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Discussing poetry and depression with Lord Melvyn Bragg

Lord Melvyn Bragg
I’m delighted to have Lord Bragg of Wigton here with us today. Melvyn is well known as a broadcaster, as a presenter, and also, of course, a novelist. Melvyn, just to begin with, can you talk to us a little bit about your influences? Did your mother read to you? Did you have a teacher that was especially significant? I can’t remember my mother reading to me, but she might have done. My father did, occasionally. But I was born in 1939, just before the war, and so my father was away at the war most of the time, the first six or seven years. We lived in a very complicated house. In a council house yard.
There were kind of two and a half families in the same house. I don’t remember my mother having time to do things like read to me, because she had two jobs to keep going. I was reading quite early on. And I liked reading in bed on my own, with a torch or– Can you remember your favourite stories? My favourite stories at the beginning were Robin Hood stories. I had a book and I read it again and again. And Kidnapped, in pictures with the words underneath. Anything I could get hold of, I was one of those kids who used to– when there’s nothing else going, I’d read a HP sauce bottle. [LAUGHS] The back of a cornflake packet. Anything.
And what about, was there a local library for you to get books? Oh, yeah. We lived in a place called Council House Yard on Station Road, and the library was on the corner of the yard, which was great. It was a good yard. All sorts of– a fire engine was in the yard, there was a horse in the yard, it was stalled up and all the rest of it. But there was a library. And a town clerk, Mr. Carrick used to open the library two or three times a week in the evenings, and there was a children’s section. And he used to more or less tell me what to read. ‘Oh, you again.
You go and’– that sort of thing, so that was fine. So, was he an influence on your reading? He must have been. In a quiet way. I just like, I went every Friday night and got another couple of books, and came back and read them. And then I massively read comics. Massively read comics, so when people talk airily about their influences, and they talk about, ‘oh, I’m really influenced by Tolstoy and Shakespeare and the later Ben Jonson’. I think I might have been influenced by The Dandy and The Beano and The Rover and The Hotspur and The Wizard. I got through a lot of comics. Brilliant. Brilliant, but also comics can be very destressing, actually.
I know my uncle used to read The Beano when he was stressed, because he said it really calmed him down. Well, The Beano was for kids, for the under fives. When you got a bit older, you got these comics which had one little illustration in it, and then masses of print. They’ve gone now. I mean really heavy, heavy. Column after column after column, they were real stories. There’d be four stories. There would always be serials, following Roy of the Rovers, CannonBall Kid, Nick Smith, those sort of people right through. And there was a lot of print, very small print, so you wore your eyes out, but there was a lot to read, yeah.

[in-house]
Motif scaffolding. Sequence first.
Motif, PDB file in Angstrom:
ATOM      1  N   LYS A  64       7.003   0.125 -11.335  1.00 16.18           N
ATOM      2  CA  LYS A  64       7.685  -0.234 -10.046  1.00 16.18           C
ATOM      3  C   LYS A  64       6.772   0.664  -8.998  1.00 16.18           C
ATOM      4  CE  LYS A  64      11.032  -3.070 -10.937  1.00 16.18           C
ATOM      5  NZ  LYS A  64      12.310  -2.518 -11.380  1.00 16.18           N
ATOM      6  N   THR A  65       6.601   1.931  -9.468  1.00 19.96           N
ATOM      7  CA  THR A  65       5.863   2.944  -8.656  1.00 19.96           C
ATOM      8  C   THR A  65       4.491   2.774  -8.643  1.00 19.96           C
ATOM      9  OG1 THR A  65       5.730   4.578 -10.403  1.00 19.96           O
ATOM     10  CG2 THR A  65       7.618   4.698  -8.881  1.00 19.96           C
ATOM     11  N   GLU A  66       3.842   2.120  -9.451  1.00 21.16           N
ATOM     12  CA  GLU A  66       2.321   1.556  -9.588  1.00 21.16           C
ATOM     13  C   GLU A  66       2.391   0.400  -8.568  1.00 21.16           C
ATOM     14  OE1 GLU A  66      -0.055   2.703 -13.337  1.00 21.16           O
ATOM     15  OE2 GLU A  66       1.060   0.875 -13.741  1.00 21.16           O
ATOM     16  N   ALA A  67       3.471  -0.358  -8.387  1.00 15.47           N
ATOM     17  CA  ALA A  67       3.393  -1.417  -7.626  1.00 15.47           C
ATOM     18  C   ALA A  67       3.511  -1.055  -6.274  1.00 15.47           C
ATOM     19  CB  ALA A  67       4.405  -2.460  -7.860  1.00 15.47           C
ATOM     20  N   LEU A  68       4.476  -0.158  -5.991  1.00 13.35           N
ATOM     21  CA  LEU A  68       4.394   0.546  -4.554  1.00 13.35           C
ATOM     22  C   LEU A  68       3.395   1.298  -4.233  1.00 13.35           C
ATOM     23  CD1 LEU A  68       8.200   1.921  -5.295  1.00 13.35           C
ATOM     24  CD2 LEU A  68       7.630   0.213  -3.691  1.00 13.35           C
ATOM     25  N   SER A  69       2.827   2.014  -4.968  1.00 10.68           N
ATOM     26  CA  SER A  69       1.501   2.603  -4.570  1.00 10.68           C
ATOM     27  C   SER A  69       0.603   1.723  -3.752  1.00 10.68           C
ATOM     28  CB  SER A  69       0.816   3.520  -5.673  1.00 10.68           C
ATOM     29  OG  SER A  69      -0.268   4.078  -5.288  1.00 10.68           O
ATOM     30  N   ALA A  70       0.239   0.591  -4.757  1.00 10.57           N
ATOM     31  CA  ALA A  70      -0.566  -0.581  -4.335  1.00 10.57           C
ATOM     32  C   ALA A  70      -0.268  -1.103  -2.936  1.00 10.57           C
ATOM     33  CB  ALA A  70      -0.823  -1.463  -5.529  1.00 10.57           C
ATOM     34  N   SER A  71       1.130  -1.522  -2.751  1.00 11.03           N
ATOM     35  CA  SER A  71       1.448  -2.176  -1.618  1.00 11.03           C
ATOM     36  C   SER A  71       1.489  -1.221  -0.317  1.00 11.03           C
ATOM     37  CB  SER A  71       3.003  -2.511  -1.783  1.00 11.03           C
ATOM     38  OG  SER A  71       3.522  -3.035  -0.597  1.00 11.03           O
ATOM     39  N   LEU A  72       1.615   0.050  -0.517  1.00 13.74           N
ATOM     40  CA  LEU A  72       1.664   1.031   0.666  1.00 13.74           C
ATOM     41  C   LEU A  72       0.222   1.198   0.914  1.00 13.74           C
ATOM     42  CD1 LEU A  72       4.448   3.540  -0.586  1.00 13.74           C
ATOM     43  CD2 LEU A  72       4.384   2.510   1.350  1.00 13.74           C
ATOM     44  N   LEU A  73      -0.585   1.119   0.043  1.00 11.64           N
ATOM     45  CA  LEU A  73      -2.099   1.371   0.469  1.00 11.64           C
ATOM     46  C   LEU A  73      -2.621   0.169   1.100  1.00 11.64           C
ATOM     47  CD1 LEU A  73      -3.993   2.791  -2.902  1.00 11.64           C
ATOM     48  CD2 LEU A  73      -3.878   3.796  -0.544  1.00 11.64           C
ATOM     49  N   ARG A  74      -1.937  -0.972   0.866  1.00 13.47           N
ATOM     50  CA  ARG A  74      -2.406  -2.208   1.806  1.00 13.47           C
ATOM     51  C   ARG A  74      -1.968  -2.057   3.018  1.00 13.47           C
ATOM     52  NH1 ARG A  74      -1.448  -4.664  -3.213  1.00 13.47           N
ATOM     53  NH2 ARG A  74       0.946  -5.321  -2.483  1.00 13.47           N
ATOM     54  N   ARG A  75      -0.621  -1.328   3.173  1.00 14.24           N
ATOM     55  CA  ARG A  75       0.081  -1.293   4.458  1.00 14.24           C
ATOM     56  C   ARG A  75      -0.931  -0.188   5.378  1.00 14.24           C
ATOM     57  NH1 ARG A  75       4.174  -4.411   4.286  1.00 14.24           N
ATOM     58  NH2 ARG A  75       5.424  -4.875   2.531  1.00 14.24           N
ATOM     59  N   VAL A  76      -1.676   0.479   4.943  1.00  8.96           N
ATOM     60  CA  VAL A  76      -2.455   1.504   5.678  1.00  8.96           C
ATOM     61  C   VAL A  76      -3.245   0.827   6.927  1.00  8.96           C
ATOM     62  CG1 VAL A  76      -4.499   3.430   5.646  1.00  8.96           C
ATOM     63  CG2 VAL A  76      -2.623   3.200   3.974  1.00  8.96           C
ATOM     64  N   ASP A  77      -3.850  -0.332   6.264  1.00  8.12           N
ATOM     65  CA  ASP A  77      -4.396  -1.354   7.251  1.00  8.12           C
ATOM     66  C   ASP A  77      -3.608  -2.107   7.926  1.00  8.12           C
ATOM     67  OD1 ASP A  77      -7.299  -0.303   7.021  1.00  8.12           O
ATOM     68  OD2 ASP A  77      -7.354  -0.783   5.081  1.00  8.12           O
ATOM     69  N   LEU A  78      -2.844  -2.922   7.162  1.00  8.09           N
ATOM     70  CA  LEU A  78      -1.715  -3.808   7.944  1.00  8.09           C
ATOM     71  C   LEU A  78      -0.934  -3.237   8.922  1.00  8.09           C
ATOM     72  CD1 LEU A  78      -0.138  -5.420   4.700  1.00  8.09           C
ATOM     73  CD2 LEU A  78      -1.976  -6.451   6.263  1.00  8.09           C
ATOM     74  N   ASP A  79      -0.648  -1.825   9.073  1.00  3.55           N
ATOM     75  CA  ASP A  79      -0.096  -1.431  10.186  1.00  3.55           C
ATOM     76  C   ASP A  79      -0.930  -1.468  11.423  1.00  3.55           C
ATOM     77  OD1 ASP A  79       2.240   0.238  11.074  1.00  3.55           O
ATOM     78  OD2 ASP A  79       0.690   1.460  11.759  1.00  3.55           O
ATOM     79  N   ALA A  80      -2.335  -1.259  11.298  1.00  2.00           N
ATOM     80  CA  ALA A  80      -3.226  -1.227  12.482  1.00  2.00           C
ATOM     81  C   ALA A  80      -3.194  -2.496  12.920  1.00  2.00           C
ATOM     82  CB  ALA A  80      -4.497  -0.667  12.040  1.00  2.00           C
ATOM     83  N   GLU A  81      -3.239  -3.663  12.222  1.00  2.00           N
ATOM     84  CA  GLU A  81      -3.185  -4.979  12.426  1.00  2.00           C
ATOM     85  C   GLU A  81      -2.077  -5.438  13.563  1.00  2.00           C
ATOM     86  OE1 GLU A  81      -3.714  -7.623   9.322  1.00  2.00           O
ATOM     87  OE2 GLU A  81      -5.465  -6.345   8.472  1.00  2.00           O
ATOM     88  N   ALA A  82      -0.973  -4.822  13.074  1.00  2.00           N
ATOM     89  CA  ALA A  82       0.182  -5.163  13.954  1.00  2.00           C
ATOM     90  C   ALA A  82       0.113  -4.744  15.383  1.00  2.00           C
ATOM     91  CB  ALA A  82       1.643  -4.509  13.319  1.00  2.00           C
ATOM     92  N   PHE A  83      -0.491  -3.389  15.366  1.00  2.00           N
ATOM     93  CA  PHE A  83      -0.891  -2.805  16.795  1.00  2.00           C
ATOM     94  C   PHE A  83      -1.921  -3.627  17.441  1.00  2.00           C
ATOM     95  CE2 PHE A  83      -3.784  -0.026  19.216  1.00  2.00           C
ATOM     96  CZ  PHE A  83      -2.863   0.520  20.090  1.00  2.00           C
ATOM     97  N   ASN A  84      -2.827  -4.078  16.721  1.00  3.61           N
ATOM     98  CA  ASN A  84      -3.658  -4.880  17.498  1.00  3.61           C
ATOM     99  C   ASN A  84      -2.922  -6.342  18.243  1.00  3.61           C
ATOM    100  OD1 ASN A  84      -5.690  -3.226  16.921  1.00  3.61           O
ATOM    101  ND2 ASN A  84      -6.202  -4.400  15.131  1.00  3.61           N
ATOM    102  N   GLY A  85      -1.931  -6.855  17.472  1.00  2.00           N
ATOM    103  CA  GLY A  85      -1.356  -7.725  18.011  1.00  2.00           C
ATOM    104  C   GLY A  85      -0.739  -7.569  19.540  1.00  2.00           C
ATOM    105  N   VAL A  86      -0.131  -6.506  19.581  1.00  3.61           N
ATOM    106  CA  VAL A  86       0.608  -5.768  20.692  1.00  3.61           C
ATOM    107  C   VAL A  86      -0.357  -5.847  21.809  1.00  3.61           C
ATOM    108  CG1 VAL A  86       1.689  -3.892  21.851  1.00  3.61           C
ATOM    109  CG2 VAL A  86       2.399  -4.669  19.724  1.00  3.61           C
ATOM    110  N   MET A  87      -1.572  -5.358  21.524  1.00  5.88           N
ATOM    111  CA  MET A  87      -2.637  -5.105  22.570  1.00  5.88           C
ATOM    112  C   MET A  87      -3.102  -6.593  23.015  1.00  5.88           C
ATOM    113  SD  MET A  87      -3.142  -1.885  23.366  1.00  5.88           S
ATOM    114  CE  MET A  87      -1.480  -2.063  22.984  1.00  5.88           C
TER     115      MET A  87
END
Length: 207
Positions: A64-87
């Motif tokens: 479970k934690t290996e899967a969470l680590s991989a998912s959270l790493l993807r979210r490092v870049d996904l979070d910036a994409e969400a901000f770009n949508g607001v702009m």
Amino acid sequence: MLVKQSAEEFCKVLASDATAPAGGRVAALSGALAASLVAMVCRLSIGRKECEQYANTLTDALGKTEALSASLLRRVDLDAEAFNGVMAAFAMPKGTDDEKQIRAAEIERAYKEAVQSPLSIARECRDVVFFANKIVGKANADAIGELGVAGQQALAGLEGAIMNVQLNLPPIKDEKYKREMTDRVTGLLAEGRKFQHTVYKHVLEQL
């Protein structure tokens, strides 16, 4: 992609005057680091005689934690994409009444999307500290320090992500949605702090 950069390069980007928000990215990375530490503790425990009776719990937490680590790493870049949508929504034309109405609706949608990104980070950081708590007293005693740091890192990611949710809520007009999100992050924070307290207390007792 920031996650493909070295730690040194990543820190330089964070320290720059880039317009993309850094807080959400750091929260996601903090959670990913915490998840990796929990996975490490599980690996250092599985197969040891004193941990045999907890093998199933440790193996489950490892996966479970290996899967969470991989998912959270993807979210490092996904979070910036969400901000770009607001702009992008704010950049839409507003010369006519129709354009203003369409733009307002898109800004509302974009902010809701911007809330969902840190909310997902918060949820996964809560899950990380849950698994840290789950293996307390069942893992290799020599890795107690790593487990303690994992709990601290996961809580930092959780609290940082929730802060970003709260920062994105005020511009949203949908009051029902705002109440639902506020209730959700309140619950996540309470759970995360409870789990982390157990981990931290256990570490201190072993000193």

Was there a teacher who saw something special in you? Saw that you had something and encouraged you? I’m just thinking of Ted Hughes and John Fisher and the way in which he thought that that was the person who really saw something special. Well, I had good teachers in the primary school. They were all women who were spinsters. The blight of the first World War, when none of them had got married, and then– It was only when I went to the grammar school that I really took an interest in things like homework. And formally engaging, because I just did the homework as I walked to school, or when I was in the school 20 minutes early before I did the lessons.
There was a man called Mr. James who was the history teacher. And he was the teacher that was really interested in what I was doing, and took an interest, and brought me here to Oxford, for instance, when I was about 15. And then went down to my father and said I should stay on at school, because I was going to leave when I was 15. And said you should keep him on– as it turns out my father took quite a lot of persuading. I didn’t learn that out until three or four months ago, when I talked to Mr. James about another programme. He’s 93, 94 now. Totally compos mentis totally sharp as a button. And he’d never told me.
And my father’d never told me either. So he went down. And then he was a big influence, because he was such a good teacher. He was obviously– thought I was OK. And then there was at the same time, there was a good English teacher, Mr. Arthur Tillotson Blacker. Those two together. Mr. Blacker’s big influence was that he would– we started a two year curriculum in September, and we finished it in December, the whole thing. And for the rest of the five terms, we just read in the class. But we read aloud. Interesting, interesting. We always read aloud.
The great Victorian writer, John Stuart Mill, wrote in his autobiography about how he suffered from a terrible bout of depression in his early 20s. He said the best way of describing it were in the words of the ‘Dejection’ ode by Samuel Taylor Coleridge. But he then found the thing which cured him was reading the healing words of William Wordsworth’s poetry. So, the words of a dark poem can help people understand the nature of depression. The healing words of a calming, uplifting poem perhaps can help people with stress, anxiety, and depression. Do these ideas strike a chord with you? Yes, I think when you’re– I’ve been clinically depressed twice.
Once, I didn’t know I was clinically depressed and the next time I did. Once, I was 13 or 14, and I’d never known anything like it. I don’t want to know anything like it again.
I couldn’t understand what was going on. I couldn’t tell anybody about it. My mind would leave me, and I thought I was going mad. But there’s nobody you could talk to. I’m talking about 1951 or 2 in a small northern town. You couldn’t tell your parents, you couldn’t tell your teacher, you couldn’t possibly go to your doctor, you couldn’t tell your friends, there’s nobody you could talk to about it. And I’m sure that reading, which I kept– I went from the A form right down to the– we called it L, so A, B, and C form. I started to be scared of things and people. It was an awful time, lasted about a year and a half.